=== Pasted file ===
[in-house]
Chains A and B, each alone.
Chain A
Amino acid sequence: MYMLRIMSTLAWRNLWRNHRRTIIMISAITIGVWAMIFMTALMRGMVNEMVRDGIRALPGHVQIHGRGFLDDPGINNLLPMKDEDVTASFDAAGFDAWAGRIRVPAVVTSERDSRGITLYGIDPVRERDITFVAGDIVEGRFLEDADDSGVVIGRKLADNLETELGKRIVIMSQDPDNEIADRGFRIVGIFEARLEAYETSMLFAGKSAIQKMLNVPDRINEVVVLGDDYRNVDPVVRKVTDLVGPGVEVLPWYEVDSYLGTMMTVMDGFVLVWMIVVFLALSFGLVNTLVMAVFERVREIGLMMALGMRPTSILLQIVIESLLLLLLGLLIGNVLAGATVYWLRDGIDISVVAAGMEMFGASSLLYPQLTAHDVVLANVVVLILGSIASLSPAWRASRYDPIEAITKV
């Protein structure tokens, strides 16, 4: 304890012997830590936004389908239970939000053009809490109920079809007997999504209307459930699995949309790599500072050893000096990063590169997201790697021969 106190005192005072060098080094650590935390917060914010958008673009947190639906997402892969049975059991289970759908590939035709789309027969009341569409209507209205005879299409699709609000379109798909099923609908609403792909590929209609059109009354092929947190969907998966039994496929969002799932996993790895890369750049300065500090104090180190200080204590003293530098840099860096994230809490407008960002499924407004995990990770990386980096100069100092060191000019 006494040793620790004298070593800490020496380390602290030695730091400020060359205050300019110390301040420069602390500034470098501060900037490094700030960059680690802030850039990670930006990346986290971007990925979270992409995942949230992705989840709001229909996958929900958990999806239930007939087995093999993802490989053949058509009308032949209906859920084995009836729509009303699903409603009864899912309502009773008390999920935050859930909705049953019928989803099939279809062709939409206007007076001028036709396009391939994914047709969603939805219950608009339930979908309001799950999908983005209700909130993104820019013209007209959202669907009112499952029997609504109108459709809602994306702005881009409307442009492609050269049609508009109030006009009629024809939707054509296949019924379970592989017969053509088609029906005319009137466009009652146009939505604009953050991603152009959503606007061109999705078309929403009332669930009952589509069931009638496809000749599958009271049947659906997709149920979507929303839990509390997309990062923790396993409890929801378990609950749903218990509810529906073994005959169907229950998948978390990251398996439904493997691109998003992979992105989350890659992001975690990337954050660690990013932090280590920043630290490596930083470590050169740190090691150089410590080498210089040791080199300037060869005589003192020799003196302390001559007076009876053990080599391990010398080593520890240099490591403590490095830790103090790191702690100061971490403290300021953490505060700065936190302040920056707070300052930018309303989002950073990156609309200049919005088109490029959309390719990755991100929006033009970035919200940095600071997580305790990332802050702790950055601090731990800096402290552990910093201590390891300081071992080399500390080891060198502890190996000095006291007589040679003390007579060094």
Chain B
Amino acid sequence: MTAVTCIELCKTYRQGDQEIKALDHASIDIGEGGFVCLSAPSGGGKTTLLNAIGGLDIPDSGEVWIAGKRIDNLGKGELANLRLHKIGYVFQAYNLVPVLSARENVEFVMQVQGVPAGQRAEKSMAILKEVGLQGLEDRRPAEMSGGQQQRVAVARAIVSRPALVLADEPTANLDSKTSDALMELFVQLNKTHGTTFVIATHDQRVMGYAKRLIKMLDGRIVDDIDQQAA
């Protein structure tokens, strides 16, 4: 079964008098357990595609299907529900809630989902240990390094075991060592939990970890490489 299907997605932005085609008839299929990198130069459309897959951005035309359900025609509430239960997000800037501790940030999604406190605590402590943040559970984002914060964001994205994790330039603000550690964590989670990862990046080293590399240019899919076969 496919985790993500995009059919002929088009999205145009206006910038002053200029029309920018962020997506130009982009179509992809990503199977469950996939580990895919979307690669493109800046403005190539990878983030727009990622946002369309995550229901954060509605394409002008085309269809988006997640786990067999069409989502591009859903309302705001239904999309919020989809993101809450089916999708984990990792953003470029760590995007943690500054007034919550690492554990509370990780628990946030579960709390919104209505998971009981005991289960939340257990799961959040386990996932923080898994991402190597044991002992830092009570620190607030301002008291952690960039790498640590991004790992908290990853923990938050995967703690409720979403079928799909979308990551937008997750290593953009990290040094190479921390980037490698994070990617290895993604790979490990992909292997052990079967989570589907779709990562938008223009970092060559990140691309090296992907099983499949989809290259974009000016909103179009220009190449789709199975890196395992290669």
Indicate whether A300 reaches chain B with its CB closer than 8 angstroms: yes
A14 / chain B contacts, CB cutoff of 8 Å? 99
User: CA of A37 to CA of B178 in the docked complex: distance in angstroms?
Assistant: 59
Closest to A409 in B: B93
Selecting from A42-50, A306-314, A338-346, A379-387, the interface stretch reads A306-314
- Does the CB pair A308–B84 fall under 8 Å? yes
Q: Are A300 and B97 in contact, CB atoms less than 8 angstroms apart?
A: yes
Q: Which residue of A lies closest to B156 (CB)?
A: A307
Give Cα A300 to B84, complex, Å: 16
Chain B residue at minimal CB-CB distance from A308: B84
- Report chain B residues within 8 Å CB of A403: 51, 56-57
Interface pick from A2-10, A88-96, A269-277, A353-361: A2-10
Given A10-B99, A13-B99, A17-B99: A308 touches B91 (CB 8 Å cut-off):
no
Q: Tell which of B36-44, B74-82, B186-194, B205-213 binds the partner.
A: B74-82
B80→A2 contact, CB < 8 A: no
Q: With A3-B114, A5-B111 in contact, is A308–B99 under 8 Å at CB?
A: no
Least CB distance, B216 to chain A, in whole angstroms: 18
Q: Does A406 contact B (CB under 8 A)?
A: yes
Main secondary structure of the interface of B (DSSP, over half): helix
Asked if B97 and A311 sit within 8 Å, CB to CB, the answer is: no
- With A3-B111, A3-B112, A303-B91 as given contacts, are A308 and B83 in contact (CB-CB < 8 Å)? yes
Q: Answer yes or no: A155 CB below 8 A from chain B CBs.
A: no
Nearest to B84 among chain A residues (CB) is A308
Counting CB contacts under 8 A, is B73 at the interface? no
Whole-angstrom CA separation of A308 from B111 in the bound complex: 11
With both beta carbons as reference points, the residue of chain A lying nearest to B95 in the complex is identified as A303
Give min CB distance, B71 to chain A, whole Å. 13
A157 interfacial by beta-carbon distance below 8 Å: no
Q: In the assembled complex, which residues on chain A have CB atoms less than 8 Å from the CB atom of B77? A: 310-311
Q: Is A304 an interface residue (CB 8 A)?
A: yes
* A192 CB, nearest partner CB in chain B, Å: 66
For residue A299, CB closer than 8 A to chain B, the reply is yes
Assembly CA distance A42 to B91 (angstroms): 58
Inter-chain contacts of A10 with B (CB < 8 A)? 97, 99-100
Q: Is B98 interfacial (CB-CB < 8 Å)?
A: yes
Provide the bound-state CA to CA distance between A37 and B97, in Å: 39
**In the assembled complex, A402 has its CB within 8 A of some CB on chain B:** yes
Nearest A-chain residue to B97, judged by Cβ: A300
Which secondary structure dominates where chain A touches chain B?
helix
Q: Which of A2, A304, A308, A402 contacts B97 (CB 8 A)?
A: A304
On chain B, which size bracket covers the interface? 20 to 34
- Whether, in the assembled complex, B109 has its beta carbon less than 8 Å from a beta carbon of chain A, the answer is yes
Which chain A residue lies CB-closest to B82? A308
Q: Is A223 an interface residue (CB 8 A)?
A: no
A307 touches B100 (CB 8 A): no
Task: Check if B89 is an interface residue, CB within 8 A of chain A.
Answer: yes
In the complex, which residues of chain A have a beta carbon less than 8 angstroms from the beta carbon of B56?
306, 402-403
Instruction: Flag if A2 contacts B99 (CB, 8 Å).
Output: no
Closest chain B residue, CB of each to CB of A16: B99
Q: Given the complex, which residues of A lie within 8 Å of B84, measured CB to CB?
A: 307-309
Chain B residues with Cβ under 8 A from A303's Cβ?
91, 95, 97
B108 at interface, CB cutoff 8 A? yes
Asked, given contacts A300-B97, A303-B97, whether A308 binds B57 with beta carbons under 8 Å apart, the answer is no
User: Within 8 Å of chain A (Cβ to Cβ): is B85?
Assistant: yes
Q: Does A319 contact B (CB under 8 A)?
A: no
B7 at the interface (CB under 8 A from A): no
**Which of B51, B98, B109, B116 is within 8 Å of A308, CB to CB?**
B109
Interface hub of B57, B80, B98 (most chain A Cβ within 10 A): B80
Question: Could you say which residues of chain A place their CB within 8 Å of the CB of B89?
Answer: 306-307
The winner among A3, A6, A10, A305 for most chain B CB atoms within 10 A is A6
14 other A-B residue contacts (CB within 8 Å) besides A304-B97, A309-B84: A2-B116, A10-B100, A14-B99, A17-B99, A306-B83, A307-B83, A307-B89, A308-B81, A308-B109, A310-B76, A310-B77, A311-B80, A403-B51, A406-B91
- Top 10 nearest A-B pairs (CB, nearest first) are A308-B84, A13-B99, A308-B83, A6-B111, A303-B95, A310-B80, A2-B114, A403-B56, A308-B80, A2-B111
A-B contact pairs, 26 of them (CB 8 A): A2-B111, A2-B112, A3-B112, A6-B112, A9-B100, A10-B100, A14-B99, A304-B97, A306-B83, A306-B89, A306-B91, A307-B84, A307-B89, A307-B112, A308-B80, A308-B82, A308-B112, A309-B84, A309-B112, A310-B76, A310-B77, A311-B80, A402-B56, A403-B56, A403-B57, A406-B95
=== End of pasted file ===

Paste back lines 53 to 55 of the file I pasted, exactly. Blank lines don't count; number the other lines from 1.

A: yes
Provide the bound-state CA to CA distance between A37 and B97, in Å: 39
**In the assembled complex, A402 has its CB within 8 A of some CB on chain B:** yes